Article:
|Senu River region, Papua New Guinea|
|Linguistic classification||One of the world's primary language families|
The neighboring Kwomtari–Nai and Fas language families
The Senu River languages are a small language family spoken in the Senu River watershed of Papua New Guinea. They consist at least of the Kwomtari languages, Kwomtari and Nai, with several additional languages more distantly related to them.
The family consists of at least the two relatively closely related languages Kwomtari and Nai.
Baron adds the highly divergent language Guriaso:
Guriaso shares a small number of cognates with Kwomtari–Nai. Baron (1983) says the evidence is convincing once a correspondence between /ɾ~l/ and /n/ (from *ɾ) is established:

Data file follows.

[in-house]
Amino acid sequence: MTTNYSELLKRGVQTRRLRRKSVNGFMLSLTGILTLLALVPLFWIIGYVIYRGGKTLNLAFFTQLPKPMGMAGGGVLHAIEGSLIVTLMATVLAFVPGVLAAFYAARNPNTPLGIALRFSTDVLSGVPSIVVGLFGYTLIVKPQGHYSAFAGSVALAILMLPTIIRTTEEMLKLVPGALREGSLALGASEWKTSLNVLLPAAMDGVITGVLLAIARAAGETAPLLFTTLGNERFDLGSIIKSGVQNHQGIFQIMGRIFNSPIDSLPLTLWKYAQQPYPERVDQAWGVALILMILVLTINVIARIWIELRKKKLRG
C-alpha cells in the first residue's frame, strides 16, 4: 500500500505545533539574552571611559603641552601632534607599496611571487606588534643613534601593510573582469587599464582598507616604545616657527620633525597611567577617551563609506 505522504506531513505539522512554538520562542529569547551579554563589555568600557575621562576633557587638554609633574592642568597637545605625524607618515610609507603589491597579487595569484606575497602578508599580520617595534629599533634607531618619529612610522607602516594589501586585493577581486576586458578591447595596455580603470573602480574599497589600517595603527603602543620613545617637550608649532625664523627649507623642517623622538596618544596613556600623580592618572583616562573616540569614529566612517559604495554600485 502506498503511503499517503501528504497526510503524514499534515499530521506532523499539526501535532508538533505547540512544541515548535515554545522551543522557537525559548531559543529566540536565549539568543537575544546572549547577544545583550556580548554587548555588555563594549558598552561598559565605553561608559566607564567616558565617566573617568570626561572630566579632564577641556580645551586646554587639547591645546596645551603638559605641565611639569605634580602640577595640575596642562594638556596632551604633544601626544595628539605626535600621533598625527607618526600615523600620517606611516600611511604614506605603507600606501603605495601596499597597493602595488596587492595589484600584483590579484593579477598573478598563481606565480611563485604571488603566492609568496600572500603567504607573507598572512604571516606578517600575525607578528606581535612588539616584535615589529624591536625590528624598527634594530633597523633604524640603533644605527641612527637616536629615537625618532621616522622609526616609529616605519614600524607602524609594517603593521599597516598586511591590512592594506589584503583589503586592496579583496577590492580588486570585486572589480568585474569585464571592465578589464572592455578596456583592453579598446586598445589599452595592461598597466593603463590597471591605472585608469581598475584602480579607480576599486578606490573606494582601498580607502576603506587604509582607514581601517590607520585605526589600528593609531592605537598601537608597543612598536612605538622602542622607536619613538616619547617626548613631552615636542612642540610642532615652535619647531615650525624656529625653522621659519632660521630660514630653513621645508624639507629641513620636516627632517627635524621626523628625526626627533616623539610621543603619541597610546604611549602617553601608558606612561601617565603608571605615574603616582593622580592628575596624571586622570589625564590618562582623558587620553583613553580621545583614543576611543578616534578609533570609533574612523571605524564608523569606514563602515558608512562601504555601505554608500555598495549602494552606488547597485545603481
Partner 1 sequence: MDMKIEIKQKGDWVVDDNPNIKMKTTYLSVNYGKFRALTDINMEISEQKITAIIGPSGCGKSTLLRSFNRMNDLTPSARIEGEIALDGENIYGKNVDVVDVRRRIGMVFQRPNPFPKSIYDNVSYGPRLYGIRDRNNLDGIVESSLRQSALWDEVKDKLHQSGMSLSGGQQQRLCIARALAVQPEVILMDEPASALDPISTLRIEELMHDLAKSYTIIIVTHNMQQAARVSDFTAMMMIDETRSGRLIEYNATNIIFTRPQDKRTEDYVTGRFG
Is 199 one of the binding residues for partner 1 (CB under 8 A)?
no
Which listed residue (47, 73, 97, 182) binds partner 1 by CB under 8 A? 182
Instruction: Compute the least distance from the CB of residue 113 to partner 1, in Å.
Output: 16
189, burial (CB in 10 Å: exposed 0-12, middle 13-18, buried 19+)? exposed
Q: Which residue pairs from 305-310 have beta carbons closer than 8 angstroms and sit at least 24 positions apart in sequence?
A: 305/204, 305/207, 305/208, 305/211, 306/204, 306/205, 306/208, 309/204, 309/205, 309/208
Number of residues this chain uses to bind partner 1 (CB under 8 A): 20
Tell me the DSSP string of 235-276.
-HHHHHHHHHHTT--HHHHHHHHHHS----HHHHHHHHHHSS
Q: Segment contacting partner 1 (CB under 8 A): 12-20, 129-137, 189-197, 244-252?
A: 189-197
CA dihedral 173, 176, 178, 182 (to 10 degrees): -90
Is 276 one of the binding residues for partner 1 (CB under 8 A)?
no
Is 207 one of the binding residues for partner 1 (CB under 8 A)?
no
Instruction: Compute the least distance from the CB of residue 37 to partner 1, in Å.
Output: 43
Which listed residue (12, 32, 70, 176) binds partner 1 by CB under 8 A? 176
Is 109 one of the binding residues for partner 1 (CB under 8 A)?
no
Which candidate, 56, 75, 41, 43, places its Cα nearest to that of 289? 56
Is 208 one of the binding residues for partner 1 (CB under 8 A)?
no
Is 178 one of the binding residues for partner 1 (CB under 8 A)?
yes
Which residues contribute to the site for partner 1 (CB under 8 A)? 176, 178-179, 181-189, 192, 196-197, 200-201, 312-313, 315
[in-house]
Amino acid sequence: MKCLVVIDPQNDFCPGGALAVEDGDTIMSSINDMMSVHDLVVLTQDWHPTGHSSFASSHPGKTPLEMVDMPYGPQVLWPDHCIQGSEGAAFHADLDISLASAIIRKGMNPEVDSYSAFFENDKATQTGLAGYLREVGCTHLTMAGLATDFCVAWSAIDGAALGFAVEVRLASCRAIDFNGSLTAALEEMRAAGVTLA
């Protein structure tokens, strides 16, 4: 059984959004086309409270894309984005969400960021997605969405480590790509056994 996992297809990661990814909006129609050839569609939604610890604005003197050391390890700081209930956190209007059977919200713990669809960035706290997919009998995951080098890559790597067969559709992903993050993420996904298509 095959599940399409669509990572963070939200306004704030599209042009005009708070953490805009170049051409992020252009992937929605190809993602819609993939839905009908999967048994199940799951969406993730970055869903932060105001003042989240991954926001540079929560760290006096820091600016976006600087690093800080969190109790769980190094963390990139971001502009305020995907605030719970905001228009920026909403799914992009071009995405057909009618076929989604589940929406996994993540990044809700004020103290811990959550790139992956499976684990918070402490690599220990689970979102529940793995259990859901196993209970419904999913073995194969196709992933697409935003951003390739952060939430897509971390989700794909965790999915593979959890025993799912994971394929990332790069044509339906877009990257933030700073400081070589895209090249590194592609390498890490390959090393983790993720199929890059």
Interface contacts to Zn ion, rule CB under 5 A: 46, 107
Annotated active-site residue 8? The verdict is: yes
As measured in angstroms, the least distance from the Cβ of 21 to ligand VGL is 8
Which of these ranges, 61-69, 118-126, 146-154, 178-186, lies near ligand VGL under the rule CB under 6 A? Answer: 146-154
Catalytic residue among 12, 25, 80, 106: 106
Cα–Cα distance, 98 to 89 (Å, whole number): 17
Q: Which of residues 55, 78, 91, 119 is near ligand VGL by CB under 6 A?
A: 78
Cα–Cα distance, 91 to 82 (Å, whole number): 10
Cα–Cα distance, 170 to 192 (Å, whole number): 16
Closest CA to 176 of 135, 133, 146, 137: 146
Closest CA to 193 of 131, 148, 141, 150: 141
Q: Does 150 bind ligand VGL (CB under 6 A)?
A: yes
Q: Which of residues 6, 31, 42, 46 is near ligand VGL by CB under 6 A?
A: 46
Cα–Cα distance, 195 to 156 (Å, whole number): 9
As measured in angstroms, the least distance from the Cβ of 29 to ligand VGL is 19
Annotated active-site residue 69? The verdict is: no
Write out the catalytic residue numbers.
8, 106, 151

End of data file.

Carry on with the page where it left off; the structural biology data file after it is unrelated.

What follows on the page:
(1pl, 2pl, 3pl)
|-nɔ, -mɛ, -no||-ɾe, -mo, -ɾe*|
* Compare Biaka -ɾo, -mo, -na.
** Metathesis of /p/ and /t/.
There has been confusion over the membership of the Kwomtari family, apparently due to a misalignment in the publication (Loving & Bass 1964) of the data used for the initial classification. (See Baron 1983.) Because of this, Laycock classified the Kwomtari languages as part of a spurious Kwomtari–Fas family, which confusingly was also often called "Kwomtari" in the literature. However, Baron sees no evidence that the similarities are due to relationship. Usher likewise discounts the inclusion of the Fas languages. See Kwomtari–Fas languages for details.